Amid all the arguments being made for reducing fixed-income exposure in exchange for the much more exhilarating journey across the high-flying equity markets, Thomas Lee, chief investment officer at Parametric, offers a counter perspective.
While Lee acknowledges the rationale against allocating to bonds, which in many cases are producing negative real yields, he also reminds financial advisers why the traditional model of 60% stocks and 40% bonds has stood the test of time.
“I concede that rates are low and expectations for fixed are muted, but you don’t want to take a whole asset class that has served us so well and just throw it out,” he said. “There are still reasons to hold fixed income.”
Lee’s perspective, which he detailed in a blog asking, “Why does everyone keep trying to kill the 60/40 portfolio?,” stands out as a contrarian position given the increasingly popular trend of riding the wave of the equity markets for as long as it lasts. And there’s no getting around the strength of the argument supporting more equity and less fixed-income exposure.
Steven Skancke, chief economic adviser at Keel Point and former member of the White House National Security Council and U.S. Treasury staffs, boils it down to risk management.
Citing the Federal Reserve’s March 2020 one-two punch of dropping interest rates to zero while pushing $120 billion a month into the bond markets, Skancke said savers have been punished while risk takers have been rewarded.
“The complementary $5.5 trillion fiscal support healed consumer balance sheets and further fueled investing in homes and other risk assets,” he said. “None of this was a surprise or unintended, and a 70/30 stock/bond investment portfolio was an easy, comfortable consequence.”
In essence, we’re all risk-takers now, whether it’s fixed income or equity. Thus, more investors and financial advisers are justifying the equity market performance over the bond market.
In a report earlier this week, Ritholtz Wealth Management Chief Executive Josh Brown pushes the 70/30 model up to 80/20.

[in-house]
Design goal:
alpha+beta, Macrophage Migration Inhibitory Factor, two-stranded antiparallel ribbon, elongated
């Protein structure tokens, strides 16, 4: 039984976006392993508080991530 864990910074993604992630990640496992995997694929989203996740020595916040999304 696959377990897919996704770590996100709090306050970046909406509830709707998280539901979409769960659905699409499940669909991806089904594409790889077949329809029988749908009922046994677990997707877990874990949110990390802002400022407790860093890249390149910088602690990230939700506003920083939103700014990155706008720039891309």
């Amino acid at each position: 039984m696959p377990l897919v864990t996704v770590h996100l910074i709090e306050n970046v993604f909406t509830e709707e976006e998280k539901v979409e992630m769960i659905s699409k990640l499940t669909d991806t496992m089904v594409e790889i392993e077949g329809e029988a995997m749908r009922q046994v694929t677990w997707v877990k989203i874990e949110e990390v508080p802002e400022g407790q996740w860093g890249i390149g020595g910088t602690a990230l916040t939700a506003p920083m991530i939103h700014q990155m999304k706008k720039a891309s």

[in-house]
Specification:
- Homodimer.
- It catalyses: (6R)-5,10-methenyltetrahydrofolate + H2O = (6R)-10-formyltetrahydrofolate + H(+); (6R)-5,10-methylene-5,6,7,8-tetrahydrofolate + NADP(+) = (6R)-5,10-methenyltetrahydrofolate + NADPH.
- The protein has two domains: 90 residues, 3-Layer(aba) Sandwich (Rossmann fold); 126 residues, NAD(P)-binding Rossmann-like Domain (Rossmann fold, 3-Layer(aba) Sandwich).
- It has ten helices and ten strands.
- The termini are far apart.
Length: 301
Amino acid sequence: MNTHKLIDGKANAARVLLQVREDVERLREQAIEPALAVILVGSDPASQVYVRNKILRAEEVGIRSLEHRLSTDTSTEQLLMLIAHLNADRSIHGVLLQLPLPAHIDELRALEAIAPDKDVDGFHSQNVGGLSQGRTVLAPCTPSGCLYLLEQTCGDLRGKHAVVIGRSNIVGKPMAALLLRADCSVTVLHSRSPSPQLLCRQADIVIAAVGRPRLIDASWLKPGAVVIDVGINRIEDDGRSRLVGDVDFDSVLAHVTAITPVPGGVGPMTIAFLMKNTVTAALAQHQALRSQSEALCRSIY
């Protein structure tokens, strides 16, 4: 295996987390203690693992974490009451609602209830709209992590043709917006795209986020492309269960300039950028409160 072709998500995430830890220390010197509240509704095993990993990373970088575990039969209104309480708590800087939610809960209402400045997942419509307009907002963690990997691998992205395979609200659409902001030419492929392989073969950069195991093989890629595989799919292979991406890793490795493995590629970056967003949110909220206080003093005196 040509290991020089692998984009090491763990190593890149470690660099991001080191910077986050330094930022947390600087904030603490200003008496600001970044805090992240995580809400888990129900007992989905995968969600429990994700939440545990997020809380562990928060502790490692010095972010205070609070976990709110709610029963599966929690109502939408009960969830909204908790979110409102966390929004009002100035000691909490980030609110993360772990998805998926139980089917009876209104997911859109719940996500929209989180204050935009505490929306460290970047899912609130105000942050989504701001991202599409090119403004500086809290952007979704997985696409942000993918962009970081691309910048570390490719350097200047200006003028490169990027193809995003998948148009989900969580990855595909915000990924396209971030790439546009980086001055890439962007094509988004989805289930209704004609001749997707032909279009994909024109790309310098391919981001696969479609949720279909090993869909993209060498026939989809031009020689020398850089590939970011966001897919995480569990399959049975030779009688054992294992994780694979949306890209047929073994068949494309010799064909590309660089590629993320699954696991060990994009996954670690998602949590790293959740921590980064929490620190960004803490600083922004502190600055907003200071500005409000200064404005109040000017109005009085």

Citing the fact that the S&P 500 Index doubled in value off its March 2020 bottom in record time, Brown said the changing investment landscape justifies more risk-taking.
Parametric’s Lee doesn’t dispute any of the arguments for increased equity allocations, but he offers financial advisers and their clients some rationale for not jumping headlong into lopsided portfolio models.
“We were just trying to add our voice to not throwing away the portfolio construction that has been useful for so long,” he said.
As Lee explains, for all of its recent shortcomings, fixed income is still the best form of portfolio ballast.
“Assuming we don’t migrate into a high-inflation environment, high-quality fixed income will continue to dampen the volatility of portfolios heavily oriented toward growth assets,” he said. “For investors nearing retirement, minimizing the potential for steep portfolio drawdowns is critical.”
Lee also believes talk about low and negative bond yields misses the point that many fixed-income allocations are laddered in a way that provides incremental income even in the lowest yield cycles.
“Managers who implement an equally weighted laddered fixed-income portfolio can enhance the yield through active selection and roll down, depending on the steepness of the yield curve,” he said. “A general rule of thumb for investors to keep in mind is, as long as their time horizon is longer than the portfolio’s duration, rising rates will be beneficial to returns.”
Then there’s the matter of alternatives to traditional fixed-income allocations, which is where Lee believes financial advisers can introduce added fees and tax consequences.
“Fixed-income portfolios can be structured in a tax-aware manner to minimize tax liability, and investors can achieve this outcome for a modest fee,” he said. “Private investments like real estate and infrastructure are often less tax-aware and come with substantially higher fees. Taxable investors, in particular, need to consider carefully what they expect to earn after realizing all taxes and fees.”
Andrew is half-human, half-gamer. He’s also a science fiction author writing for BleeBot.